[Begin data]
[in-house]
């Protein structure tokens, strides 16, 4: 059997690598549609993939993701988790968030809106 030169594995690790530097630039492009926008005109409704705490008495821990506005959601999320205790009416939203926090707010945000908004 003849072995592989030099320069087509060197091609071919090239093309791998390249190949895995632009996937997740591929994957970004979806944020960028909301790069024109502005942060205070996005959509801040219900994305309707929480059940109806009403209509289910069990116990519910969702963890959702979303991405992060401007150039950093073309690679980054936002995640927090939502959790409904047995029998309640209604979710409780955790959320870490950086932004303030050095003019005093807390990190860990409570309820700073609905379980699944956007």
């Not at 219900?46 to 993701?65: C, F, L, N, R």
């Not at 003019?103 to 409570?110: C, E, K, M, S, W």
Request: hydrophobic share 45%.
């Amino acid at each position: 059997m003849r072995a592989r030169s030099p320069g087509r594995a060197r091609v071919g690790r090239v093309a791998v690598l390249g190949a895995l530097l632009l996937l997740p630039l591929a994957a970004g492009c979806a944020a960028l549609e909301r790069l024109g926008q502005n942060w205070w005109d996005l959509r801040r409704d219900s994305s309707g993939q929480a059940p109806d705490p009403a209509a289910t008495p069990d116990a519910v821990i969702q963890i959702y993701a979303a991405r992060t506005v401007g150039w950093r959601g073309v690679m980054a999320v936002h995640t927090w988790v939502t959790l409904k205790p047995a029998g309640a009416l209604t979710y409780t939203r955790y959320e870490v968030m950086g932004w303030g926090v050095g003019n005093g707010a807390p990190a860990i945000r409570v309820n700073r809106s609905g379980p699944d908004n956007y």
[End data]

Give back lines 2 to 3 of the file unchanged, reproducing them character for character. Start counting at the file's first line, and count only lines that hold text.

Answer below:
């Protein structure tokens, strides 16, 4: 059997690598549609993939993701988790968030809106 030169594995690790530097630039492009926008005109409704705490008495821990506005959601999320205790009416939203926090707010945000908004 003849072995592989030099320069087509060197091609071919090239093309791998390249190949895995632009996937997740591929994957970004979806944020960028909301790069024109502005942060205070996005959509801040219900994305309707929480059940109806009403209509289910069990116990519910969702963890959702979303991405992060401007150039950093073309690679980054936002995640927090939502959790409904047995029998309640209604979710409780955790959320870490950086932004303030050095003019005093807390990190860990409570309820700073609905379980699944956007």
């Not at 219900?46 to 993701?65: C, F, L, N, R």